Some historians point to Xu Xuanping was from She County, Huizhou Prefecture, in the Jiangnan region during the Tang dynasty. He was a taoist hermit. His Tai Chi was said to have 37 postures and was called ‘Long boxing’. Song Shuming wrote about this style and was part of the Beijing Tai Chi scene in early 1900’s.
Other historians point out that the origin is Chenjiaogou, a village in Henan province of China. This martial art was eventually studied by a Garrison Commander, Chen Wan ting. Chen family hid their art for many generations. Yang Luchan, was a servant to the Chen family. He was able to study with Chen Changxing, a 9th generation Chen family. However some argue that Yang Luchan had already learned a style called Mianquan or “Cotton boxing”.
Yang Lu chan learned to fight with the art. He was invited to teach for the Emperor’s Imperial guard in Beijing’s Forbidden city. Later his sons, Yang Pan Hou and Yang Chien Hou, became famous teachers in Beijing and Shanghai for their fighting prowess. Yang Lu Chan’s grandson, Yang Chen Fu had the most impact on the growth of Tai Chi Chuan teaching to many cities in China. He standardized the form and wrote several books.
In 1956, the People’s Republic of China’s physcial education department created a short form using the Yang’s style of Tai chi called 24 step Tai chi, so that it would be easier for people to practice.
Tai chi chuan was studied by several different families. The movements are expressed differently, so we have many styles of Tai Chi today. Some Tai chi forms are using small circles, other large circles, some use a low stance, while others might use high or medium level stance, some focus more on fajin “explosive power” while others try to relax inside or do soft chan su jin “silk reel and pull”. In China, the different styles are classified in several ways- Old frame, New frame, Big frame, Small frame, High frame, Low frame, Fast frame, Big frame, etc. The Yang style form is considered “Big frame”.
There are some styles of Tai Chi, ‘Wu Dang’ Tai chi, that is from the Wu Dang temple. There is the ‘Chen Tai Chi’ practiced by the Chen family descendants. Lao Jia(Old Frame) Chen forms are popular as well as Xian Jia (New frame chen) and practiced today. Both the Chen Lao Jia and Xian Jia have two routines: Yi Lu (first road) and Er Lu (second road)form, the first road is a softer form, while the second form is nicknamed Pao Chi or “Cannon fist” which is higher use of fajin explosive movement.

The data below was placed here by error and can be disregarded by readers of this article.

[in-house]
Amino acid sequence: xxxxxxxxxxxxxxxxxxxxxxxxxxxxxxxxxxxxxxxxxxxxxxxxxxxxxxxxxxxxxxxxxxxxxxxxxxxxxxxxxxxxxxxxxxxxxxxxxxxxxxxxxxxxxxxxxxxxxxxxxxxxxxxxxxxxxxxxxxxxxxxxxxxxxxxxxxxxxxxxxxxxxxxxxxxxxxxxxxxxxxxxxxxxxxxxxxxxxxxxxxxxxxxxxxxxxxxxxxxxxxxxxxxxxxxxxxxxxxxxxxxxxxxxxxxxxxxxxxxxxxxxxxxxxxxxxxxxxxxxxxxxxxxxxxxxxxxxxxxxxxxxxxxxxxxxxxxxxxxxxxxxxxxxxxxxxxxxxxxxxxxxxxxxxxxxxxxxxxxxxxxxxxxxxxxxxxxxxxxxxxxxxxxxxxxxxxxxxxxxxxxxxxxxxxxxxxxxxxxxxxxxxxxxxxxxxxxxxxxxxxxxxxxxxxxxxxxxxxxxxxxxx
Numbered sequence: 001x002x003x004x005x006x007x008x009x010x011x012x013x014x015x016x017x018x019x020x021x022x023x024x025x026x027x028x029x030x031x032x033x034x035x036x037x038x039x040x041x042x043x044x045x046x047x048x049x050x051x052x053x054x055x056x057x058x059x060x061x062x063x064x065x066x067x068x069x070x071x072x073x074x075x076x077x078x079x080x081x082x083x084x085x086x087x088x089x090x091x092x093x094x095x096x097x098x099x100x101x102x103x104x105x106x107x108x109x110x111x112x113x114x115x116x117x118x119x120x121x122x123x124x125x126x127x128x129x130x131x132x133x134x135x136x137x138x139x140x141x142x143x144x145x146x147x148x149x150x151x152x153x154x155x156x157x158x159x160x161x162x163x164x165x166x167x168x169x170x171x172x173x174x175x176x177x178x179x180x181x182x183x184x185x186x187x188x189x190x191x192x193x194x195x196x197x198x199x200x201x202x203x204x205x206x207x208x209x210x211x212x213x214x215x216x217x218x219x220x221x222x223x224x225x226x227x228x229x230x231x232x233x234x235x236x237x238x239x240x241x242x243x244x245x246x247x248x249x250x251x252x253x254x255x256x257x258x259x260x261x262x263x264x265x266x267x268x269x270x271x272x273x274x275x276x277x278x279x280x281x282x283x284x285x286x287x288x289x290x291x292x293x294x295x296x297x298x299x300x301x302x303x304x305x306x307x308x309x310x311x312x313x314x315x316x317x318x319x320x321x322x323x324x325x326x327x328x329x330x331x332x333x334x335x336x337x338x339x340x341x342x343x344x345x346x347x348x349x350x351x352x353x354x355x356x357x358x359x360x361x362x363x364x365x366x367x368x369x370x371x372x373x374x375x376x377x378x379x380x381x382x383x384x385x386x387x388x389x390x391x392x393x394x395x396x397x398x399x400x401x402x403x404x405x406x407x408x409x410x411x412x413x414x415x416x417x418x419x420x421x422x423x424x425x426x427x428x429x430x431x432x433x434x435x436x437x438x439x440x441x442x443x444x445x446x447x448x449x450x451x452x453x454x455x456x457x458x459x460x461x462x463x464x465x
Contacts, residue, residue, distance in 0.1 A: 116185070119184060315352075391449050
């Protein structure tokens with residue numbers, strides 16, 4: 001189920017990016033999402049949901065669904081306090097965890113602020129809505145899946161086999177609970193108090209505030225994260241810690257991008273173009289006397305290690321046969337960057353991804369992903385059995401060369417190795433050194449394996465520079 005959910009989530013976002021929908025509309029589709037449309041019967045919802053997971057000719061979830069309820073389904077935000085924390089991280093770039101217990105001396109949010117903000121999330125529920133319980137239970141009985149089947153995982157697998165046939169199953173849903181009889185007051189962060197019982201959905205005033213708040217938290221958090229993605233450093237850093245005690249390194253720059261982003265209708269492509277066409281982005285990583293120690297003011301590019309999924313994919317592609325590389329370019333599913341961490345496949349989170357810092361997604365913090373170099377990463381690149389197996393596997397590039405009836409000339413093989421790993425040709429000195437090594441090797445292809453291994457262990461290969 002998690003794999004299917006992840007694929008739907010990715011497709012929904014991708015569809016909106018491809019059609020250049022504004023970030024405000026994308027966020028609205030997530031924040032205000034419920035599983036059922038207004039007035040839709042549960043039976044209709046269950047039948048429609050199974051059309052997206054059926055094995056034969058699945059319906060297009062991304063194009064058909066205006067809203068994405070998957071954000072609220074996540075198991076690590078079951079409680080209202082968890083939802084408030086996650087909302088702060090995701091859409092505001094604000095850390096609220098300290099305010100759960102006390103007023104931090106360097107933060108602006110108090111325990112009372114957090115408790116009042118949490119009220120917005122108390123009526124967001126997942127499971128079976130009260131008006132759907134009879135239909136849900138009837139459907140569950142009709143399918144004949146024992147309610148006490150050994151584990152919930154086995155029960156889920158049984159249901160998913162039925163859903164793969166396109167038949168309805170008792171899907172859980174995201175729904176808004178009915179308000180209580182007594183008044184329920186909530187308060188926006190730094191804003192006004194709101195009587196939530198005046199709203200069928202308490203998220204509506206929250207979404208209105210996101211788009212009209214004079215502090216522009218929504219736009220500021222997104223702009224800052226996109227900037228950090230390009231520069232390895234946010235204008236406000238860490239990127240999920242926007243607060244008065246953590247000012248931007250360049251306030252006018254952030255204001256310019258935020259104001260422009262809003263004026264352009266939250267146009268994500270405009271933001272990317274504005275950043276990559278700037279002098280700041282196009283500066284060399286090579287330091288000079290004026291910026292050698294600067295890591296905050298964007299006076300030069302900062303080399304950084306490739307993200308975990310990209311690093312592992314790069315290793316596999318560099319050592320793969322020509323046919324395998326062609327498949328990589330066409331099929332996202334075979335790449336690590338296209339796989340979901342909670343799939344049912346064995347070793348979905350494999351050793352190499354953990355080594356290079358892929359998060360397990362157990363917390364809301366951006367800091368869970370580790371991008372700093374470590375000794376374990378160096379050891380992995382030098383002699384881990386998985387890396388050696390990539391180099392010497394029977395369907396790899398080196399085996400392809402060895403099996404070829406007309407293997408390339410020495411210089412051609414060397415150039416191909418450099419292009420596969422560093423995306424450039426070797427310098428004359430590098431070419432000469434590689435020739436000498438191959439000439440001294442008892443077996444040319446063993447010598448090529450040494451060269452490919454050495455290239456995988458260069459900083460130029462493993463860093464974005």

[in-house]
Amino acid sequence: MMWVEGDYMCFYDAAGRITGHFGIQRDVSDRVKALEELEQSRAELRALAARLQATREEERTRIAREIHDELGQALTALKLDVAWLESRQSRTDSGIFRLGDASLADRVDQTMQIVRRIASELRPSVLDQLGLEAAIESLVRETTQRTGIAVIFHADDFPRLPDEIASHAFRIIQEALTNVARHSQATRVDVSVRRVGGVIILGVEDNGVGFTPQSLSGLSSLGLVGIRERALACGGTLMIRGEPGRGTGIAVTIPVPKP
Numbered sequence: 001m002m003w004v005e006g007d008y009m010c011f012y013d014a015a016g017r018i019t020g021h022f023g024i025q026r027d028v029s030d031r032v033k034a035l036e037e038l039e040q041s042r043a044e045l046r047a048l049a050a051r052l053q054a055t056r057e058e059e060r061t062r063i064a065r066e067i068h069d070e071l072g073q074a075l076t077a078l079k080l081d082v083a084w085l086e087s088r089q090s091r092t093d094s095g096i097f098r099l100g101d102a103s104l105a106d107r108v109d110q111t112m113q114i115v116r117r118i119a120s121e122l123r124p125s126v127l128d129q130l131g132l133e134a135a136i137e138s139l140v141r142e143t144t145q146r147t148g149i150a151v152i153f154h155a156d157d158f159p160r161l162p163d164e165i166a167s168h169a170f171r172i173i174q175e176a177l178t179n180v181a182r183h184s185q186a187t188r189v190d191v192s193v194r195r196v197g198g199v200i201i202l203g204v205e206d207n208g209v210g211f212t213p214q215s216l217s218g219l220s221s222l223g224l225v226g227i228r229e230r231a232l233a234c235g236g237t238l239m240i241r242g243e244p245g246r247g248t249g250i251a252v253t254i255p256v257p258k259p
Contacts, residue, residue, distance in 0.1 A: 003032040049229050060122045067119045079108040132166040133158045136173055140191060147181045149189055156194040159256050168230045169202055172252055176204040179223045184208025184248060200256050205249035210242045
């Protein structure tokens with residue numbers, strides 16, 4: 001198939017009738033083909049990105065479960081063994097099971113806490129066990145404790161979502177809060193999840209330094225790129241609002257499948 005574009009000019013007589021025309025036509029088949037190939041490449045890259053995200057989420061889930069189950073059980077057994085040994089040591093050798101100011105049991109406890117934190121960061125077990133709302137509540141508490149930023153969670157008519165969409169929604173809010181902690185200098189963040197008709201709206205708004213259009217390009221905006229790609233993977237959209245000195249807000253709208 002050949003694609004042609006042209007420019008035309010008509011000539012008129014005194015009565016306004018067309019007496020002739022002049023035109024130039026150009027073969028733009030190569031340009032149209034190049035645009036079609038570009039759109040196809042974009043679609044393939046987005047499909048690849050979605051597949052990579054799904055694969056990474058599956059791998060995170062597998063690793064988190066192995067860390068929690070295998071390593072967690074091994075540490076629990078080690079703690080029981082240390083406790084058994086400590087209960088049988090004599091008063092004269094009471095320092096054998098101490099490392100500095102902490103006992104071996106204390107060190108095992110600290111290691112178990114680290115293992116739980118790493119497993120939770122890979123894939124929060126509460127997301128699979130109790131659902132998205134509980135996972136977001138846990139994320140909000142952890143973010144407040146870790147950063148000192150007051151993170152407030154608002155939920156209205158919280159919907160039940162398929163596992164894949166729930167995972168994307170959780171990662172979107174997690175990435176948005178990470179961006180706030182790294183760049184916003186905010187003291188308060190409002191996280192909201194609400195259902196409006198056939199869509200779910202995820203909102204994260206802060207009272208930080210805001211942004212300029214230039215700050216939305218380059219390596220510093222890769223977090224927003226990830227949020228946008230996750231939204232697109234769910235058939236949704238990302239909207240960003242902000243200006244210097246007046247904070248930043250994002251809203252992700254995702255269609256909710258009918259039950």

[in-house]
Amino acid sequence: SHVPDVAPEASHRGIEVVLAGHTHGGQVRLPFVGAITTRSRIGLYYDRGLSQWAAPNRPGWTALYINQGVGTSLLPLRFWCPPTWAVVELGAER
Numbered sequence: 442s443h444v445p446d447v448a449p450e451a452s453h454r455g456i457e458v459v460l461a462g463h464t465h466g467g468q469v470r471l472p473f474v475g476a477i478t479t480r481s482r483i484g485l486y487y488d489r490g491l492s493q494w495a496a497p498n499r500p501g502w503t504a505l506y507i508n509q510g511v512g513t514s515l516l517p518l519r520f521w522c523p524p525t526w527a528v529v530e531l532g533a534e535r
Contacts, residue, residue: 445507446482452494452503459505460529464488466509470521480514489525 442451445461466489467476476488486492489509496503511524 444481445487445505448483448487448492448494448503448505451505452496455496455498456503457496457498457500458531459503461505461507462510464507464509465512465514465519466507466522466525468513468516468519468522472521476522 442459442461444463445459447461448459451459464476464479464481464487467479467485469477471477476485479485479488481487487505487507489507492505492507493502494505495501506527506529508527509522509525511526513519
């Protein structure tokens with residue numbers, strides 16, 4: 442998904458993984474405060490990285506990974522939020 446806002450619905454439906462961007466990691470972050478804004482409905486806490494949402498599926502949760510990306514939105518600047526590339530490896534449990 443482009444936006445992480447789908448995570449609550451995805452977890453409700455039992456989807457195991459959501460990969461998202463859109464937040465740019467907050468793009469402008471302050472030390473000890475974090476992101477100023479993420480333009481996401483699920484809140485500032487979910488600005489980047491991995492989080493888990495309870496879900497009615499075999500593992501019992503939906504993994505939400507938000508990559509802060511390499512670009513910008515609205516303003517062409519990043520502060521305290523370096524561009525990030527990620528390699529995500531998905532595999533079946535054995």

Yang Tai Chi is from the Yang family style which we talked about earlier. Wu Tai Chi is from Wu Quan Yu and his son Wu Chien Chuan who studied with Yang Lu Chan were Manchurian Palace guards. There is another Wu style from Wu Yu-Hsiang from Yang Lu Chan’s home town of Guang Ping, in Yongnian Prefecture, who also studied with Yang Lu-Chan and Chen Ching Ping. There is Hao style Taiji and Li style Tai Chi that evolved from Wu Yu-Hsing’s nephew Li Yi-Yu and his disciple Hao Wei Zheng. Lastly there is Sun Tai Chi from Sun Lu-Tang, a student of Hao Wei Zheng.
Cheng Man Ching helped develop Tai Chi in the USA in the 1960’s. He was a ghost writer for Yang Chen Fu’s books, and his variation on Tai Chi chuan is very popular in the Taiwan, Malaysia, USA, and Europe. It is often called the ‘Yang 37 Short form’. Cheng Man Ching’s student Robert W. Smith, who wrote many books on Tai Chi Chuan in English, taught and lived in the Washington D.C. metro area and is pivotal to the development in America as well. There are even a dozen other rare styles of Tai Chi, but those mentioned are typically the most popular and well known.